Why teaching Shakespeare is so important by @SusanSEnglish

shakespeare

Shakespeare: Book group is a monthly event in my life and on this monthly event, inevitably we discuss some aspect of our jobs, family life and what our children are up to in school.

This month: the spotlight was on Shakespeare! I gave my best account of why we still study Shakespeare, but for a couple of people in my book group I don’t think they were entirely convinced. So, I’m just going to have a little round up here for my own pleasure.


This is a re-blog post originally posted by Susan Strachan and published with kind permission.

The original post can be found here.

Do you have a blog post which you are proud of? Submit your blog post for reblogging on UKEdChat.com by clicking here.
or via our free SmartPhone app. Click here for more information.

Here are my top seven reasons we should still study, enjoy and learn from Shakespeare.

  1. Themes – Shakespeare covers a large range of themes that are still ongoing issues in the world today. Take Romeo and Juliet and the main story: love and falling for the wrong person. How many times does this still happen? We know that if you are Christian/Muslim/Jewish/(insert religion here) and you fall in love with someone outside of your religion this is going to cause a problem. Honour killings are real https://www.theguardian.com/uk/2012/apr/30/honour-killings-spreading-alarming-rate and although this doesn’t happen in Shakespeare’s R&J the two lovers find themselves in an impossible situation as a result of their families’ inability to understand and overcome their problems. So, when teaching Romeo and Juliet and thinking about the consequences of their actions we can and should be discussing issues that are current, real and frightening. I could go on and discuss other plays (or themes in R&J that are just as important), but I think one example per reason is enough. I’ve also started R&J units with clips of current civil wars, such as Syria.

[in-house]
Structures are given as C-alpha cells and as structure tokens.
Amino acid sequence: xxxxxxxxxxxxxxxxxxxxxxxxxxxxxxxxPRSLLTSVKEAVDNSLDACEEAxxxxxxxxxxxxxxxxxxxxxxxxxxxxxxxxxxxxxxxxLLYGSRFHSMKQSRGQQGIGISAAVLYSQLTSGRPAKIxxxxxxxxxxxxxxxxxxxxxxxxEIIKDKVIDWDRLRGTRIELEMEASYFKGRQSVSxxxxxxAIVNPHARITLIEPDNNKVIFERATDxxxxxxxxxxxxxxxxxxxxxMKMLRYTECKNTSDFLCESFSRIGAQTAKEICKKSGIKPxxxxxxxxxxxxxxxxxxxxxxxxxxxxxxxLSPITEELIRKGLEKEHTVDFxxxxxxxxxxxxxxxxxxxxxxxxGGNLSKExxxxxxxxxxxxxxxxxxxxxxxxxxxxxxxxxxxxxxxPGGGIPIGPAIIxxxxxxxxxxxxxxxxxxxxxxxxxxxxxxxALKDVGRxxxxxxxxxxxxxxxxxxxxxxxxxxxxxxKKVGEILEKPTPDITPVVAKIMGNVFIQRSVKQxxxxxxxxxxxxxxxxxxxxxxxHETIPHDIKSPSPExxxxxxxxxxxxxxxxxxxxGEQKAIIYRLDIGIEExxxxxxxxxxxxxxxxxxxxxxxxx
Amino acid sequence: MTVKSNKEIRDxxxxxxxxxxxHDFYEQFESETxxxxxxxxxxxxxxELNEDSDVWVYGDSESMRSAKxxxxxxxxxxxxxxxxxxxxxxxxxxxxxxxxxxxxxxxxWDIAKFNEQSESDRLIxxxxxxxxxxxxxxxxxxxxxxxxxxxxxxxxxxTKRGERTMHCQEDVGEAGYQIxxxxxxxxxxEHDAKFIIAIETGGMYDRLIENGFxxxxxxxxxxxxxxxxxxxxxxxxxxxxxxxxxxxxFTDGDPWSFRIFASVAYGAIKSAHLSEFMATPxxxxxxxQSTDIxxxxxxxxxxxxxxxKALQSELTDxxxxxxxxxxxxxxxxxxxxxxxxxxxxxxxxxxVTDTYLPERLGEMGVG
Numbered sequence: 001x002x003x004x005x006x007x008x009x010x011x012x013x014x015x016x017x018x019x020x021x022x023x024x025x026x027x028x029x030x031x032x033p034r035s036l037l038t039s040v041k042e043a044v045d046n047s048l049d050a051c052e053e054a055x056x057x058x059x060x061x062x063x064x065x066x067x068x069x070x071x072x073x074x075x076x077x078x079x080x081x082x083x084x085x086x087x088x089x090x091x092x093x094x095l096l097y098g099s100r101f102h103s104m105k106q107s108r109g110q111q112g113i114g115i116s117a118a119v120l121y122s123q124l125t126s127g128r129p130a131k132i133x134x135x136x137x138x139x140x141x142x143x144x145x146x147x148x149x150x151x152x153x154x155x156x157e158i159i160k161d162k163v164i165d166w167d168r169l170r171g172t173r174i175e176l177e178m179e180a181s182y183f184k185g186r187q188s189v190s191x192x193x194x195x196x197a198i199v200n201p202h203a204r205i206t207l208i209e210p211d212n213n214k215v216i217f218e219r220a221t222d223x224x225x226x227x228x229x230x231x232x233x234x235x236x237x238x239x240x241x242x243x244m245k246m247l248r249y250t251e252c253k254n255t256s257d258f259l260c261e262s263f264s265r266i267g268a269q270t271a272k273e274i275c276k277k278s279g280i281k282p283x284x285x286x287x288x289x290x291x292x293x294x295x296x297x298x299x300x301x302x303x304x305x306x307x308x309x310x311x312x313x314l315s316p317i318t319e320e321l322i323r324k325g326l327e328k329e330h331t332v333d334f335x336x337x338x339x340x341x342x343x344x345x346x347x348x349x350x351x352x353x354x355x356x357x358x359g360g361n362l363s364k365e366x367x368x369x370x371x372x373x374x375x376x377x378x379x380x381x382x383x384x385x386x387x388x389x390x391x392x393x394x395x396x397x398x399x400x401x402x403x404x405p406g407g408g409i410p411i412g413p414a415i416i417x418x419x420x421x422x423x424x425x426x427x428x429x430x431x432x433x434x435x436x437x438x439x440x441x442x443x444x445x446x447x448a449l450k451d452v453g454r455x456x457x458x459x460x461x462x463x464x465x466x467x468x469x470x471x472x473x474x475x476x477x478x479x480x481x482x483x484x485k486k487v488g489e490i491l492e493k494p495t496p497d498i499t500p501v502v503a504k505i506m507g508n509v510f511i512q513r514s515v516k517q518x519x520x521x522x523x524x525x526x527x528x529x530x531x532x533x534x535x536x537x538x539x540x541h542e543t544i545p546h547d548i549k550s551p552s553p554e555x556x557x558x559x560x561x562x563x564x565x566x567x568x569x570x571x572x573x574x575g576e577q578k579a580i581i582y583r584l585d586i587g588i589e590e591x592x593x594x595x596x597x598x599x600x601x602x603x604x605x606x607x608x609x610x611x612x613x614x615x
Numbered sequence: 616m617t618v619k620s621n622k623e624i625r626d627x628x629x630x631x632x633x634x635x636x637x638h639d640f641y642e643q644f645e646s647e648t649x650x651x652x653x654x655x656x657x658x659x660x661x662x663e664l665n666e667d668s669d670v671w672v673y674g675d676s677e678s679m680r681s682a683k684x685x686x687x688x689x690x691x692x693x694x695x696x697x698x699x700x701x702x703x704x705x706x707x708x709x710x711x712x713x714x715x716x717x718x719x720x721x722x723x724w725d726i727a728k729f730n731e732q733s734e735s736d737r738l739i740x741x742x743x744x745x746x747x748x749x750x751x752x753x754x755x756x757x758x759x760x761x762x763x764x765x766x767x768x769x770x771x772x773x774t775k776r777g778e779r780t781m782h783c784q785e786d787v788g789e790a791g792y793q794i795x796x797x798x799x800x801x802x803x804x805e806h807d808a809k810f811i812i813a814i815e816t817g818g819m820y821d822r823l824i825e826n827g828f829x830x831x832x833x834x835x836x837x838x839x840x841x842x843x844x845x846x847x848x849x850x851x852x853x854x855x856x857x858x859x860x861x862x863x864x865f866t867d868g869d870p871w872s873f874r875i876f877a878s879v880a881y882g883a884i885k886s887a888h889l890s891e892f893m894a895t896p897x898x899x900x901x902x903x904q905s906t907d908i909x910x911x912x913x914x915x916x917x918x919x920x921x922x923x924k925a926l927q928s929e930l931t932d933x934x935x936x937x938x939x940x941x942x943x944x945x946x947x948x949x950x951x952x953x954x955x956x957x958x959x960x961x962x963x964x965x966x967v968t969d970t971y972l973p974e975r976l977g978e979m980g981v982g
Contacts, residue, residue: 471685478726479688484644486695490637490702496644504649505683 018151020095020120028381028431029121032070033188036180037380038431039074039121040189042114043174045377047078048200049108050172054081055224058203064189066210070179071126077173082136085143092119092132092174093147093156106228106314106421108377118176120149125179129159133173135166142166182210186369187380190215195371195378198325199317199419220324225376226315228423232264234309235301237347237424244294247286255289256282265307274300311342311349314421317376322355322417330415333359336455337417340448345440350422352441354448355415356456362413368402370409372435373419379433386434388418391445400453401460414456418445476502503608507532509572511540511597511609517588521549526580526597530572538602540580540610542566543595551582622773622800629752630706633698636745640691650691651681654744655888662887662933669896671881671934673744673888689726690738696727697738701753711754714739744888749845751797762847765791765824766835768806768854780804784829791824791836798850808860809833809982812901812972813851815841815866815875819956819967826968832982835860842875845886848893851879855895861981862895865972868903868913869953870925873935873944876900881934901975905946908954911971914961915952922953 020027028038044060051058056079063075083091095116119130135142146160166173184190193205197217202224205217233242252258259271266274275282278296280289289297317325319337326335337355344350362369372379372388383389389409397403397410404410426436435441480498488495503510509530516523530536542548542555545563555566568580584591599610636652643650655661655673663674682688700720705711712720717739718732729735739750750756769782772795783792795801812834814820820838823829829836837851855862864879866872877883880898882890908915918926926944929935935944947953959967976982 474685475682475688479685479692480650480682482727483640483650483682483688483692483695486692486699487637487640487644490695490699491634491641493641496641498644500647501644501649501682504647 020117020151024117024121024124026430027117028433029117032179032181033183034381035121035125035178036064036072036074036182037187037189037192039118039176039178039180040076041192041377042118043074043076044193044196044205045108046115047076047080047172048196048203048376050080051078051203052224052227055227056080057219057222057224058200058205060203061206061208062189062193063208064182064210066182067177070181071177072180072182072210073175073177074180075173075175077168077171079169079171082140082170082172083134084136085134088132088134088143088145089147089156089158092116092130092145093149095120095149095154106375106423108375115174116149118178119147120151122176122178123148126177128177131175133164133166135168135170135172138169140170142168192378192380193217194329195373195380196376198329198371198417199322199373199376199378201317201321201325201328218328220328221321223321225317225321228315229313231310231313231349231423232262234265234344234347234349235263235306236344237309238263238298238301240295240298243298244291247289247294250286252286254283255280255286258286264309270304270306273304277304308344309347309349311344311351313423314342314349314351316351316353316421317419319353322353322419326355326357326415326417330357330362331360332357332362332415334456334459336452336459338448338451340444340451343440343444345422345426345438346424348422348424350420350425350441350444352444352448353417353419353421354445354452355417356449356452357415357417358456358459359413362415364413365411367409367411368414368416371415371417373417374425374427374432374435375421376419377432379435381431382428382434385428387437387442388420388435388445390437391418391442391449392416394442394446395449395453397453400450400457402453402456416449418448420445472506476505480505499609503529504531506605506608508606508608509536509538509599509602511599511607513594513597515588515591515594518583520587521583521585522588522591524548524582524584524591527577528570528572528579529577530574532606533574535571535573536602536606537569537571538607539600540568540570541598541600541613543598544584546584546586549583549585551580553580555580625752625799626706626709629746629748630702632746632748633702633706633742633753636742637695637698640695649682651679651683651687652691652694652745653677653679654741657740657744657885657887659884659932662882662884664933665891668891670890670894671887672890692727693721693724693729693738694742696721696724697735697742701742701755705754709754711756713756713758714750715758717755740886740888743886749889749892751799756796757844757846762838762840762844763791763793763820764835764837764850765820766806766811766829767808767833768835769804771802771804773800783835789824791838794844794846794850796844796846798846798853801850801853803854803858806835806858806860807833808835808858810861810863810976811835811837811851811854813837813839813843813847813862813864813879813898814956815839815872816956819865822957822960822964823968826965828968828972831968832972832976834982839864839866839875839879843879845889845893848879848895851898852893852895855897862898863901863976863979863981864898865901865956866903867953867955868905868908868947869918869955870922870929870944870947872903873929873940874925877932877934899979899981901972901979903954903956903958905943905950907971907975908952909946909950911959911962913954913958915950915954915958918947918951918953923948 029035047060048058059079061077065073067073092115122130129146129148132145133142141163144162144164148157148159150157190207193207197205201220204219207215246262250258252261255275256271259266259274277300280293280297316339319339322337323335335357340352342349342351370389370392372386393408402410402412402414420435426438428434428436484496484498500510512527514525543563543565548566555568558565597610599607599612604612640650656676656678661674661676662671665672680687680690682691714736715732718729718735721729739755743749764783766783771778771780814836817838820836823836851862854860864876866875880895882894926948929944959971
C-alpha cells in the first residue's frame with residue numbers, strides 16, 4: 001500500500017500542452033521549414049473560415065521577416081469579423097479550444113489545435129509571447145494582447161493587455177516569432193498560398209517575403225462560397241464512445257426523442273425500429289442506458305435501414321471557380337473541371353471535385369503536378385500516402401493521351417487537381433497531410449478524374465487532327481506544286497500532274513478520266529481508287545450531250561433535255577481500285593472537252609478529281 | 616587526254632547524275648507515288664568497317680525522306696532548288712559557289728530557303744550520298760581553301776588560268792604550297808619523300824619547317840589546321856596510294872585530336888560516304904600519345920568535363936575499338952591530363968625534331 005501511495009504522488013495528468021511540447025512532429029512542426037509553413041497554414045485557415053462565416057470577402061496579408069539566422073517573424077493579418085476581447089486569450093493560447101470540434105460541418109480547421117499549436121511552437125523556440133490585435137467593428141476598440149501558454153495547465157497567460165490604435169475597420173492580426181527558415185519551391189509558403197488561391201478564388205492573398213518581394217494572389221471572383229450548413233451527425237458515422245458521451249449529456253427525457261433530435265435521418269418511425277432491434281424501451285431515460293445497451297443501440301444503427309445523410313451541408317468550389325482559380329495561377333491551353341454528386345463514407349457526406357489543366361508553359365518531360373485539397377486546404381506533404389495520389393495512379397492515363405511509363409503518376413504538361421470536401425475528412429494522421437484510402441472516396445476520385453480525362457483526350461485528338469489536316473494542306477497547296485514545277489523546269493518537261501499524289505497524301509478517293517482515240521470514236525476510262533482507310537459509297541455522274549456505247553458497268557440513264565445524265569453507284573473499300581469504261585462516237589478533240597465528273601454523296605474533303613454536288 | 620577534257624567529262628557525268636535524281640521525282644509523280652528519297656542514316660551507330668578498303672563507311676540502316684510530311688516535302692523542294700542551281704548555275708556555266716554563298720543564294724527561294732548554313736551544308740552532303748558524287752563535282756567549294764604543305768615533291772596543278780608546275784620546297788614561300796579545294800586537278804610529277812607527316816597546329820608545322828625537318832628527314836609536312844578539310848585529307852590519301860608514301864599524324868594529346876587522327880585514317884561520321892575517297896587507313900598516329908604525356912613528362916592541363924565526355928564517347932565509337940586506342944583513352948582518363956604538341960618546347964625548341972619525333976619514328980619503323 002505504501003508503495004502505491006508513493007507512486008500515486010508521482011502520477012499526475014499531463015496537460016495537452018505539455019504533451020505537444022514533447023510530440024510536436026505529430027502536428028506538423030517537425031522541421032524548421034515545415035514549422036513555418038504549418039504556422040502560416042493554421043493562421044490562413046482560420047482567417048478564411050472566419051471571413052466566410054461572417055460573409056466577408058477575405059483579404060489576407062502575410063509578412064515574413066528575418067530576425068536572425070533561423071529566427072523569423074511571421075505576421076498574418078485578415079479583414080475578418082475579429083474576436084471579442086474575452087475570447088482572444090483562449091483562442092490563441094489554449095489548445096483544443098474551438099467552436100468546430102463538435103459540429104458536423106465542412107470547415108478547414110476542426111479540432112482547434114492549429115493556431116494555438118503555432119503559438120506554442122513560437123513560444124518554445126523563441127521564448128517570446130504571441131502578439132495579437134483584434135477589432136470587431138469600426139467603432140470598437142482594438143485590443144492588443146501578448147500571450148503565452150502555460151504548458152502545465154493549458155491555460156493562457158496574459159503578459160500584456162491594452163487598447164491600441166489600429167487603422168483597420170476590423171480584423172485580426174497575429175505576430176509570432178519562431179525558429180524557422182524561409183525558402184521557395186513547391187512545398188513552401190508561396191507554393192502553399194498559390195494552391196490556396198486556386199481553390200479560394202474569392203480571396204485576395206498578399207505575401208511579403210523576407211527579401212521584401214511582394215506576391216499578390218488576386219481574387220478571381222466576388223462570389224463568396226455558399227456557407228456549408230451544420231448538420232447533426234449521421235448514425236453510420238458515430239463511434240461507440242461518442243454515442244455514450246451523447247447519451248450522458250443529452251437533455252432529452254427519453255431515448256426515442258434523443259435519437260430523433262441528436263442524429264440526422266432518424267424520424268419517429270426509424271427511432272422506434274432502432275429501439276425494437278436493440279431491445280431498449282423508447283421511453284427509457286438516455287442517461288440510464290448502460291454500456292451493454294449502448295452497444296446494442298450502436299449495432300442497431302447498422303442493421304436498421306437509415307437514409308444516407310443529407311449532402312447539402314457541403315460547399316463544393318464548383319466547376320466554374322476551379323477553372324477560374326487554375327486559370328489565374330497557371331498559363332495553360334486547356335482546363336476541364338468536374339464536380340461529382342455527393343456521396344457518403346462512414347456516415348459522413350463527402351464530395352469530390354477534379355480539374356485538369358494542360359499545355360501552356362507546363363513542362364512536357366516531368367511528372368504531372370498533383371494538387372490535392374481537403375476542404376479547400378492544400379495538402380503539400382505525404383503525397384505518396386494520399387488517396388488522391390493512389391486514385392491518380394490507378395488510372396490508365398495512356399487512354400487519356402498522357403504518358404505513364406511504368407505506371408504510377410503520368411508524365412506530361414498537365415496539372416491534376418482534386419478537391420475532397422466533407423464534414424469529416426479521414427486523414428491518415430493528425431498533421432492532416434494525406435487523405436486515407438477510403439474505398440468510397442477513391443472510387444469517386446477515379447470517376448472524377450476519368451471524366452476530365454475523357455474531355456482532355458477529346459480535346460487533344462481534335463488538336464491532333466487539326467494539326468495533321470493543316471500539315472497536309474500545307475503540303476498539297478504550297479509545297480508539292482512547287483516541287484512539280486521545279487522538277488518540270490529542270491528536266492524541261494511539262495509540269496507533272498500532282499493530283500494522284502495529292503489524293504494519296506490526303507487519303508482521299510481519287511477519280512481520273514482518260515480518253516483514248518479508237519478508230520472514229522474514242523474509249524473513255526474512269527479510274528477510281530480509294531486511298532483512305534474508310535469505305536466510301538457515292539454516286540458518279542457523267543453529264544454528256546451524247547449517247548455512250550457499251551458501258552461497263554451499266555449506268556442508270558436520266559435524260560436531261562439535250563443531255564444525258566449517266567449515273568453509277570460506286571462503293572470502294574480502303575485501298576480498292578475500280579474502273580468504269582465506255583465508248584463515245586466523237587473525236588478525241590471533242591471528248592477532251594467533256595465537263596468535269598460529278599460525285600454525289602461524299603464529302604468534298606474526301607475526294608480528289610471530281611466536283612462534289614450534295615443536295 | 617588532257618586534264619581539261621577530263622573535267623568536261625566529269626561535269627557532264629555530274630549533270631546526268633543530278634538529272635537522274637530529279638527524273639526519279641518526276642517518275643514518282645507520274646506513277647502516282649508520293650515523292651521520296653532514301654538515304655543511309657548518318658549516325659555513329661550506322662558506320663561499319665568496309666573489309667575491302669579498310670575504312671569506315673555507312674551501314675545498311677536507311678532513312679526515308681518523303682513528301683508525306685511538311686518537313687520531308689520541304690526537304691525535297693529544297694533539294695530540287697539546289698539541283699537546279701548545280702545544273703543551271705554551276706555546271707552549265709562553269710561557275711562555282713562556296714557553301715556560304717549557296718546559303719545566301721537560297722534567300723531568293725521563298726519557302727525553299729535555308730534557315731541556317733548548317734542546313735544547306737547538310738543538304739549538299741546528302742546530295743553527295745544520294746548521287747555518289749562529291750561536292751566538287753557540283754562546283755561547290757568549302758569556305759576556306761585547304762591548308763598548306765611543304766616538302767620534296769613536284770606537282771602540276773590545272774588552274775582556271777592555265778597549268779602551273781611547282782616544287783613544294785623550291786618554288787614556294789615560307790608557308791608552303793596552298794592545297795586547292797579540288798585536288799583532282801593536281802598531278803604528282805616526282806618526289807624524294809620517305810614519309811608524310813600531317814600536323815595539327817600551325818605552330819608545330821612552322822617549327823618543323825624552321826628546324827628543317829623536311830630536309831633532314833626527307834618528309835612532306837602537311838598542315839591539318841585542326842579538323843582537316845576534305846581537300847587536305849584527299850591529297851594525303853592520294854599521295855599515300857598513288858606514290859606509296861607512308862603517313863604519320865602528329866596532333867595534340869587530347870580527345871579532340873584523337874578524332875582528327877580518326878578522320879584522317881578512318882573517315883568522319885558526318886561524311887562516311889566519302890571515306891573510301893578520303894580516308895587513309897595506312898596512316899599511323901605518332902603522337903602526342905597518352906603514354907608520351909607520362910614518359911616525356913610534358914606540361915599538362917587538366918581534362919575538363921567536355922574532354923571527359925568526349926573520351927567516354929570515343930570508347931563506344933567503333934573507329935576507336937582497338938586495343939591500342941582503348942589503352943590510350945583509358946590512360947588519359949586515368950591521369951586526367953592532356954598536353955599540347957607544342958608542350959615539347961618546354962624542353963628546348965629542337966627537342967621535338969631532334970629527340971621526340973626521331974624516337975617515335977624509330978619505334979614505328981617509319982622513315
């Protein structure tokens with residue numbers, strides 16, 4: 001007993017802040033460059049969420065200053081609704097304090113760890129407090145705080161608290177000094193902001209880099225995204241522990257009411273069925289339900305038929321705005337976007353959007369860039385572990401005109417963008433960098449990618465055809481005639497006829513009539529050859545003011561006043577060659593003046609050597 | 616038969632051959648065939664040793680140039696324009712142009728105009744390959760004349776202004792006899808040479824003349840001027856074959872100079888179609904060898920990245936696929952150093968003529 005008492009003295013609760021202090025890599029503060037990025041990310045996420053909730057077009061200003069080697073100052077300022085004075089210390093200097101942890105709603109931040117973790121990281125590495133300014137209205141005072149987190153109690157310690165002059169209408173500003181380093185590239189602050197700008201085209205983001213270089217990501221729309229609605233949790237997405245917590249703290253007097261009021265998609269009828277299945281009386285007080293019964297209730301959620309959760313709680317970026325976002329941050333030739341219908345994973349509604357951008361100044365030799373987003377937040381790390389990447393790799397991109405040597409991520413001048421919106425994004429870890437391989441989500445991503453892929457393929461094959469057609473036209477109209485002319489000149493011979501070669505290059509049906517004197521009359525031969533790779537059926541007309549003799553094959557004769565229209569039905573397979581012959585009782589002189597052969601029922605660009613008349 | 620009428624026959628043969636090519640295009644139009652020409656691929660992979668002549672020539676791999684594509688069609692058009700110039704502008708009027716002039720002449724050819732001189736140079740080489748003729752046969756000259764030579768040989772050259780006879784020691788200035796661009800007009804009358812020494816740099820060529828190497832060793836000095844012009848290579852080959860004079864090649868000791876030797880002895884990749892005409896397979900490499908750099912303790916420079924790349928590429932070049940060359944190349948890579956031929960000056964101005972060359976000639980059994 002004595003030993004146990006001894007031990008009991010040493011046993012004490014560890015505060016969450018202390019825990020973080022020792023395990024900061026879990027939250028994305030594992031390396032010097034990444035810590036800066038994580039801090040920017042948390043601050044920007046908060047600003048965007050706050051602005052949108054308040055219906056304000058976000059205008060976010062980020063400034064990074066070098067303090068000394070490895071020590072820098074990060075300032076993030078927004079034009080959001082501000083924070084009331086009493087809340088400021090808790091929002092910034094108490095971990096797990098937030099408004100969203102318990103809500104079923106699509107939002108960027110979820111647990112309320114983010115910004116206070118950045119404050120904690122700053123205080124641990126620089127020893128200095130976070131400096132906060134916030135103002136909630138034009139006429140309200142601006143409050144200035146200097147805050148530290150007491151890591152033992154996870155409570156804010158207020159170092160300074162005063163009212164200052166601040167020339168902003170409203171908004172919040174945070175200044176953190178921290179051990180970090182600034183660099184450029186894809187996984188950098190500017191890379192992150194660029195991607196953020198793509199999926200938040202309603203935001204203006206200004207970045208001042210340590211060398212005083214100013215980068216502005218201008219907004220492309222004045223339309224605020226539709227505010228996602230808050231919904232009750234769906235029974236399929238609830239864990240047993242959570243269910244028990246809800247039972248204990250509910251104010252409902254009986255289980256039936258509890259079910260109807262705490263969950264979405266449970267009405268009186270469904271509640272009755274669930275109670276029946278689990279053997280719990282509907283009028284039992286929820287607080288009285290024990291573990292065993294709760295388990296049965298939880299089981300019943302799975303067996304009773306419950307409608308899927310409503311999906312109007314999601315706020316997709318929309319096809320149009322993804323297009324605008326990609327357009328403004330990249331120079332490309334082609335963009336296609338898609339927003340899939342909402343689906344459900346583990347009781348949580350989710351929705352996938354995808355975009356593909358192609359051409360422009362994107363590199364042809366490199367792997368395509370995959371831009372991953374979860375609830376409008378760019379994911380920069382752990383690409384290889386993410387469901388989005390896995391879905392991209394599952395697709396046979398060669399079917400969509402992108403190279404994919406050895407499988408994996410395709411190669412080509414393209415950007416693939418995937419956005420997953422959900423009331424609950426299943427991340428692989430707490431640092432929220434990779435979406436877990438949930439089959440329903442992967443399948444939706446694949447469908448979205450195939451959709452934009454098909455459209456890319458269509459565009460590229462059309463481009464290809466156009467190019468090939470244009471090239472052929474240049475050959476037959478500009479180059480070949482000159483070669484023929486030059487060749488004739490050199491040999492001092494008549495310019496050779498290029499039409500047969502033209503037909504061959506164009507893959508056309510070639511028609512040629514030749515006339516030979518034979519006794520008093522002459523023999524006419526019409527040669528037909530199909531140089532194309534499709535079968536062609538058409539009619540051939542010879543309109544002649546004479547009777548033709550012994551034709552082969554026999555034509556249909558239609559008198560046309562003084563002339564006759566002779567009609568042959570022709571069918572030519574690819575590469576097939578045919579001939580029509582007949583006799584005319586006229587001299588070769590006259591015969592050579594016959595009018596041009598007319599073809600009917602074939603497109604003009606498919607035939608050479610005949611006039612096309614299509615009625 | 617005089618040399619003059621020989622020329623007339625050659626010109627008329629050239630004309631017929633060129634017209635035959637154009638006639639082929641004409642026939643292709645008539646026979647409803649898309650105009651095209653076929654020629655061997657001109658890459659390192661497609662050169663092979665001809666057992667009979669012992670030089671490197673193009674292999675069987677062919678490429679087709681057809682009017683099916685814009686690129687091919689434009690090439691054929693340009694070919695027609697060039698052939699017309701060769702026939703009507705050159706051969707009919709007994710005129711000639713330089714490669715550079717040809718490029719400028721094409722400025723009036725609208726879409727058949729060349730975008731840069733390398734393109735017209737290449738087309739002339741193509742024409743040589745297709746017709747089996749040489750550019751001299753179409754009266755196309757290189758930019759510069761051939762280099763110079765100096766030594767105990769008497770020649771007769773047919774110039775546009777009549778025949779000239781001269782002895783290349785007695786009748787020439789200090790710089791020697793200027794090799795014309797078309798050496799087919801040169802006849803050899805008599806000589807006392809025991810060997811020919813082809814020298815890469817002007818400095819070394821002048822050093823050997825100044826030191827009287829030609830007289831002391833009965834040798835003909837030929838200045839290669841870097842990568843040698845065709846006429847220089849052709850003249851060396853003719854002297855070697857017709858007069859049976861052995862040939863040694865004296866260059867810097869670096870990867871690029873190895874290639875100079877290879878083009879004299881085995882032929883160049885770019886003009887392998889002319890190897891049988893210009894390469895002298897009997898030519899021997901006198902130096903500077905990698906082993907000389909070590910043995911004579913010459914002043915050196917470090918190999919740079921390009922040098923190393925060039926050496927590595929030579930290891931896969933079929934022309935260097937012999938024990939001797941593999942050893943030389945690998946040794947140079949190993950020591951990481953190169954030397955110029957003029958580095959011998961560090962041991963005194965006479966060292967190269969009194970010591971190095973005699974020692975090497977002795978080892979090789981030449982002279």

2. Relevance – Linking to the above. Thematically, Shakespeare was talking about problems that we know are still relevant. Think about Othello and the way race is still in the news and people are still seeking equality as a result of racial inequality. We are still talking about this today and the campaign blacklivesmatter (https://twitter.com/Blklivesmatter ) shows that this isn’t an issue that has gone away. Othello’s skin colour marked him out as different and meant he was subjected to racism and societal and family problems. Again, when teaching Othello it gives us a really strong and intellectual springboard to discuss issues that are still relevant to today.
  3. The Language – ‘it’s too hard’ was one of the comments made. I disagree, yes, it is hard, but rich in imagery, rich in nuances and so helpful in understanding the way that language has evolved and changed. We know that language is constantly changing: if we take text talk and the use of emoji’s as an example, this is like a whole new language in itself, so if students can become literate in the use of text talk and emoji’s, what is to stop students becoming literate in the nuances of Shakespeare’s language?
  4. Pleasure – it is an absolute pleasure to tackle something which you feel is difficult and to feel like you have mastered it. Shakespeare is a fantastic example of this. My Y8 class have been working on Macbeth and their knowledge is astonishing. They know the storyline back to front, to my chagrin; they even corrected the order of events (MacDuff’s family being killed) as we discussed the events as a class. There is something to be said for enjoying, knowing and being able to express what happens in a play that is both complex and interesting that is missing in some of the more modern plays. Shakespeare is a challenge and I feel that my students enjoy rising to the challenge.